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Obesity (Silver Spring). 2007 Jul;15(7):1816-26.

Assessment of hyperphagia in Prader-Willi syndrome.

Author information

1
Vanderbilt Kennedy Center for Research on Human Development, 230 Appleton Place, Peabody Box 40, Vanderbilt University, Nashville, TN 37203, USA. Elisabeth.dykens@vanderbilt.edu

Abstract

OBJECTIVE:

Prader-Willi syndrome (PWS), the leading known genetic cause of obesity, is characterized by intellectual disabilities, maladaptive and compulsive behaviors, and hyperphagia. Although complications of obesity resulting from hyperphagia are the leading cause of death in PWS, quantifying this drive for food has long been an unmet research need. This study provides factor-analytic and within-syndrome analyses of a new measure of hyperphagia in PWS.

RESEARCH METHODS AND PROCEDURE:

A 13-item informant measure, the Hyperphagia Questionnaire, was developed and administered to the parents of 153 persons with PWS, 4 to 51 years of age. The intelligence quotients, genetic subtypes of PWS, and BMIs of offspring were obtained, as were measures of their non-food problem behaviors.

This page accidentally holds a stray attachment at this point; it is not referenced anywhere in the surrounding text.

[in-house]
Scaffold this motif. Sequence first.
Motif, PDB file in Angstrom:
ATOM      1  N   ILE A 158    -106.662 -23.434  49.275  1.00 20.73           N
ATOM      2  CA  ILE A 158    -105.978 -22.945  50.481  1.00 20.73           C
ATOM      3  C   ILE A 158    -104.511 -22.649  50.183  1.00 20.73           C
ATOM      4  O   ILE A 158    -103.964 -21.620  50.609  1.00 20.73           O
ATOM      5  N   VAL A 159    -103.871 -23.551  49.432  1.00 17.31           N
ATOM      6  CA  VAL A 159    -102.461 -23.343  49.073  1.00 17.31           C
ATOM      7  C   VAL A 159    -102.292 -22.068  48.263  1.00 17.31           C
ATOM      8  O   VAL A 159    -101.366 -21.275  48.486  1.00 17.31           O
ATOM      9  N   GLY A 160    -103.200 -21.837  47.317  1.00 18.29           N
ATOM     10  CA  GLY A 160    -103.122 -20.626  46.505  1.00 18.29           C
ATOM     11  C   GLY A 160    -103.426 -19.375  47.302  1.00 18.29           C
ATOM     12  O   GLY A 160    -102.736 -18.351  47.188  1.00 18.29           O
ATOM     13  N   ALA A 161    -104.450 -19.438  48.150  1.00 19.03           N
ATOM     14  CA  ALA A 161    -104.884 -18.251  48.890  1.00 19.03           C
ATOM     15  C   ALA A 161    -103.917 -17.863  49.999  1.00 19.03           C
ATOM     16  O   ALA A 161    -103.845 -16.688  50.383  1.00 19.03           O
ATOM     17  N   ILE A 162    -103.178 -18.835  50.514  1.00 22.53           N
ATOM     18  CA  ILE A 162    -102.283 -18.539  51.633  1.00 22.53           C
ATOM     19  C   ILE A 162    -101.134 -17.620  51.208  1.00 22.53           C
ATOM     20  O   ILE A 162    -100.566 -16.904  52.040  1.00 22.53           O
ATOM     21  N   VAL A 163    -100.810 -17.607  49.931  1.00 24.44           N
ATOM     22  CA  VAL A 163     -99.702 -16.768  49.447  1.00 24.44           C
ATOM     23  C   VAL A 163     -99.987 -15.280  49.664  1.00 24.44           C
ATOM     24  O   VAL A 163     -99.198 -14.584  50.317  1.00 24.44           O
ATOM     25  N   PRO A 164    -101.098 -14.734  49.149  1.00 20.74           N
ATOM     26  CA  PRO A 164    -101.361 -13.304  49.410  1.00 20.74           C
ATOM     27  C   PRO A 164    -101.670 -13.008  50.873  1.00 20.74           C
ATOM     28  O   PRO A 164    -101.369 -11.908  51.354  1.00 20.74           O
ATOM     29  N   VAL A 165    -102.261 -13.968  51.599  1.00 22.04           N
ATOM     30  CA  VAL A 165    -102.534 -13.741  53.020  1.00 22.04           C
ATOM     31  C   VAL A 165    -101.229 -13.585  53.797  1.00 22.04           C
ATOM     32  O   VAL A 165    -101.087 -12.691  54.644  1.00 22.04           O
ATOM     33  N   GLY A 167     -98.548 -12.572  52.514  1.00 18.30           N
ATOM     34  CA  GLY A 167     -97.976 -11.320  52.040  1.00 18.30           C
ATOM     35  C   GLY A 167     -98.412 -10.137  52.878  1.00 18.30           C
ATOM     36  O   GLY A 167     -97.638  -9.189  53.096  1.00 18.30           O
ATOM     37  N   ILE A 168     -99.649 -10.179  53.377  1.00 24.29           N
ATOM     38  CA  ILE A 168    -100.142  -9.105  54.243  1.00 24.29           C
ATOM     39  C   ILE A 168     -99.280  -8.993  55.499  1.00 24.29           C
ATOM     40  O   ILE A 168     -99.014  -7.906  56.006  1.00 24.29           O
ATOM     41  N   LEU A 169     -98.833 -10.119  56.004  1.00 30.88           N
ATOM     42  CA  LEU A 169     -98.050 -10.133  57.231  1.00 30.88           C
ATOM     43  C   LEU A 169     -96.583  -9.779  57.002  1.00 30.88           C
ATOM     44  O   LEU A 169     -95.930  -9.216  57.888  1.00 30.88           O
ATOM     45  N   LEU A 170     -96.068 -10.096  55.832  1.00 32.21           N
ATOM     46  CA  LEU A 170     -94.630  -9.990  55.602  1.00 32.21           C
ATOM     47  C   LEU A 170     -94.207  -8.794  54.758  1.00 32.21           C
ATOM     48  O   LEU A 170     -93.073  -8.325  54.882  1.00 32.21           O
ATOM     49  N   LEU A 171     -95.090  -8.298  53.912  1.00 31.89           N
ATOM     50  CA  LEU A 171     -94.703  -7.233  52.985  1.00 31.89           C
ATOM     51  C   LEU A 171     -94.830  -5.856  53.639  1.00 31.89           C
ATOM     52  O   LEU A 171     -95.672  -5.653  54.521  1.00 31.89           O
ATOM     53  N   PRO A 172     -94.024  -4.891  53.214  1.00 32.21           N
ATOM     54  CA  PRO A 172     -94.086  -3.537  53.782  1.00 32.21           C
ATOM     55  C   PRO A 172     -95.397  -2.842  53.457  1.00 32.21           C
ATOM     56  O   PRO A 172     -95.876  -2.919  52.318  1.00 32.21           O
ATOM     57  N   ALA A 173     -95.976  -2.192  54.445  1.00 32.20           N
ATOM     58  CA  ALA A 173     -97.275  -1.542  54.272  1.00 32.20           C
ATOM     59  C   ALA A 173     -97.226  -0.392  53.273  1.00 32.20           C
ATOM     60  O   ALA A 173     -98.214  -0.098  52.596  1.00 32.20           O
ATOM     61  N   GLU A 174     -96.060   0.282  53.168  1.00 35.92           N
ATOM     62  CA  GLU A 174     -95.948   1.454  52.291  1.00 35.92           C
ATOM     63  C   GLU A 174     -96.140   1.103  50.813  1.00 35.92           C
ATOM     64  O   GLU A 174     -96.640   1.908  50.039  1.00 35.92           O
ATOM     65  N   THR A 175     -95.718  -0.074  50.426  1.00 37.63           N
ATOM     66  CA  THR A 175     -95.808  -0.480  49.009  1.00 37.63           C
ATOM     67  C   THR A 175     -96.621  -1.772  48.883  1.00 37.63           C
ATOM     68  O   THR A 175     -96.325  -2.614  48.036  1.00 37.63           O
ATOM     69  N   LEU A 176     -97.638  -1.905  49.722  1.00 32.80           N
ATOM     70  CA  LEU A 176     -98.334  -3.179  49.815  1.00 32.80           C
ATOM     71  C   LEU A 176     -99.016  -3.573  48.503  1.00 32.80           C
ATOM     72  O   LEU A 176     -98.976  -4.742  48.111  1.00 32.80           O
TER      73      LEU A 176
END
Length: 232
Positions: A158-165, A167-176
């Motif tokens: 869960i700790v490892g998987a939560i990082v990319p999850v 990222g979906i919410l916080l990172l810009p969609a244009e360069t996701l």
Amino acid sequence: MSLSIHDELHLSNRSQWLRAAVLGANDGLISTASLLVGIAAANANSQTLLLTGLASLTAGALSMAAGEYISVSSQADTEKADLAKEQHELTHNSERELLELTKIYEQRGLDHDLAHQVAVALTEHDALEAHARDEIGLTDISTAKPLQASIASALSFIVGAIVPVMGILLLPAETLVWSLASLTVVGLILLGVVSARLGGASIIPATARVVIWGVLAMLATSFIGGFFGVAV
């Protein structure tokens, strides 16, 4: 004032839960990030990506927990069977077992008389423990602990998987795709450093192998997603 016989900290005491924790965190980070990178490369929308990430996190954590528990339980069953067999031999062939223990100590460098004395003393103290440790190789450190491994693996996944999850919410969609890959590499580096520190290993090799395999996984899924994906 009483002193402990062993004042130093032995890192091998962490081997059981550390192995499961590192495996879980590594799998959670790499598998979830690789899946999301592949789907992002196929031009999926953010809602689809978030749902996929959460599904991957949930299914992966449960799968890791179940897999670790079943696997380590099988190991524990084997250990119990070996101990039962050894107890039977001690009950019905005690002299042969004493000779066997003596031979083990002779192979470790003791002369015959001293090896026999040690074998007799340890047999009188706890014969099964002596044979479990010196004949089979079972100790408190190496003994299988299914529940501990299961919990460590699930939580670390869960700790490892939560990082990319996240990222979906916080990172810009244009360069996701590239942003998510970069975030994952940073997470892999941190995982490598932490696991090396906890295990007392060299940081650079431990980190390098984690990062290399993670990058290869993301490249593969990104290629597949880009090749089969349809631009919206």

RESULTS:

Factor analyses with varimax rotation produced three statistically and conceptually robust factors that accounted for 59% of the variance: Hyperphagic Behaviors, Drive, and Severity. Hyperphagic Behavior increased with age, whereas Drive remained stable, and Severity dipped in older adults. Hyperphagic Drive and Severity were positively correlated with non-food behavior problems, and Hyperphagic Drive differentiated the 36% of participants with extreme obesity from those who had overweight/obese (48%) or healthy (16%) BMI classifications.

DISCUSSION:

The Hyperphagia Questionnaire is a robust tool for relating breakthroughs in the neurobiology of hyperphagia to in vivo food-seeking behavior and for examining the psychological and developmental correlates of hyperphagia in PWS. The Hyperphagia Questionnaire also offers a nuanced, real-life outcome measure for future clinical trials aimed at curbing the life-threatening drive for food in PWS.

PMID:
17636101
DOI:
10.1038/oby.2007.216
[Indexed for MEDLINE]
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